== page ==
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PhilRuffin and Gabby-smPhil Snyder, Executive Director

Press Articles

What's in a shelter dog?

englewood-sun-logoBy Phil Snyder, Executive Director of Suncoast Humane Society

Published in the Englewood Sun on April 3, 2016

"You certainly get a lot of pit bulls in the shelter" is a comment heard on a regular basis at Suncoast Humane Society. This is also the case at other animal shelters throughout Florida and across the country that are open admissions and accept all animals.

The statistic keepers say that pit bull and pit bull mixes are the No. 1 type of dog that find themselves in an animal shelter. This statistic also includes similar breeds referred to as bully breeds including, Staffordshire terriers, American pit bull terriers, English bull terriers, and American bulldogs.

In addition to bully types, there are other breeds of dogs that are often found at animal shelters. Topping the list are Labrador retrievers, beagles, Jack Russel terriers, Chihuahuas, boxers, German shepherds, border collies and dachshunds. Since these breeds are popular in various areas of the country, mixed breed offspring are also found at shelters.

Currently, there are 187 breeds recognized by the America Kennel Club (AKC). There are other breed registries that recognize many additional breeds of dogs. Being a pure-bred dog does not always mean that they were bred by a responsible breeder, nor does it assure them a permanent home. Many purebred dogs are turned into animal shelters.

In fact, it is estimated that 25 percent of dogs admitted to animal shelters are pure bred. Of course they don't come in carrying their registration papers in their mouth, but animal care staff can usually identify which breed they are.

Over the past several years, the craze of designer breeds have been added to the mix. This term refers to the hybrid mix of two different breeds.

Designer breeds usually have cutesy names that end in oodle, puddle, or poo. For instance, Labrador and golden retrievers bred to poodles become Labradoodles and goldendoodles. And, there is, of course, the ever popular cock-a-poo, which is a cocker spaniel bred with a poodle. I was once asked if our shelter had any "cockle Spaniards." I am not sure, but maybe he thought that was the Spanish version of a cocker spaniel.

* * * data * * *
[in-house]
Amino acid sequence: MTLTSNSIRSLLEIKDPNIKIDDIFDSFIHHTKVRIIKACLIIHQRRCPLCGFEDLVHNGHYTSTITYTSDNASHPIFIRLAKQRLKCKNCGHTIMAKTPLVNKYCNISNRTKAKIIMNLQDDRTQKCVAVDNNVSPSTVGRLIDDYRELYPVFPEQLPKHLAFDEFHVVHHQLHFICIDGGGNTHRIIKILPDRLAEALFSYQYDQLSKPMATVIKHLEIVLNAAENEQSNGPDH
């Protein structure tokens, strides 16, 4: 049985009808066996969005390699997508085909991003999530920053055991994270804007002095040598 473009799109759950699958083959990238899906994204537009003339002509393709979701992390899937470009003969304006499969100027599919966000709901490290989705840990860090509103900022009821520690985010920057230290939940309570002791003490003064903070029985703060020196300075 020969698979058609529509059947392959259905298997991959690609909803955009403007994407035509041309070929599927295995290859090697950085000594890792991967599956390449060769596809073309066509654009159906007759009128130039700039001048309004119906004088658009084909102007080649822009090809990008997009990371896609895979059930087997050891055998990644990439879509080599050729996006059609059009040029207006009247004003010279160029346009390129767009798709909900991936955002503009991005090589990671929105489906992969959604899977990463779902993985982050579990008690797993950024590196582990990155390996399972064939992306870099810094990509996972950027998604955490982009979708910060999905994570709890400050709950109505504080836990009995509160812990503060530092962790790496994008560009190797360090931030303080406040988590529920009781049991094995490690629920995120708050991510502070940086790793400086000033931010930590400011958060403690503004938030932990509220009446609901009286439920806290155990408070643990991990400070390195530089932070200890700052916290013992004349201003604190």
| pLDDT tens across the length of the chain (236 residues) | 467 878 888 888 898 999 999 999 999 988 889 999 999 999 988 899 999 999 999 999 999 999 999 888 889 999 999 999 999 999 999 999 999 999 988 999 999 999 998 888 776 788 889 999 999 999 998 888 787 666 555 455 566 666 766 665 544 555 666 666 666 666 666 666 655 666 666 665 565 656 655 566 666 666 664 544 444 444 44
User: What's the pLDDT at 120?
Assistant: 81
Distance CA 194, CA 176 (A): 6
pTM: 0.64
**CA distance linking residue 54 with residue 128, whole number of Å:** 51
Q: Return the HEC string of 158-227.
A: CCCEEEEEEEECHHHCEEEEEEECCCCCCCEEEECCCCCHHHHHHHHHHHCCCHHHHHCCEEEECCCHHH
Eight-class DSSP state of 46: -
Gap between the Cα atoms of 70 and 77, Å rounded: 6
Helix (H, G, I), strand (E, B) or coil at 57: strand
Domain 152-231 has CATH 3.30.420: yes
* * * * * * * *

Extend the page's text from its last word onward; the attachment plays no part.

Many designer breeds demand higher price tags than some purebreds, which doesn't sit well with purebred dog enthusiasts. They say designer dogs are hybrid, not purebred. People seemed surprised to hear that even designer breeds are showing up in animal shelters. This is, however, to be expected when certain breeds, or in this case, hybrids, become too popular too quickly.

Sadly, living creatures become disposable.

Humane Society and animal control shelters do receive many small dogs and other types that people consider more of a house companion. These pets are usually adopted very quickly, with adoptable animals now being advertised on websites, social media, and as pets of the day or week in newspapers. This leaves the big guys waiting for a home that can accommodate them. So, don't believe it when you hear that animal shelters never get good dogs. We all get many great dogs and cats in need of a special home. Check the websites daily, as dogs, cats, and other adoptable pets come in every day. Be patient as the purebred, designer breed, and of course, a mixture of all of the above may soon be waiting, just for you. Adopt from your local animal shelter!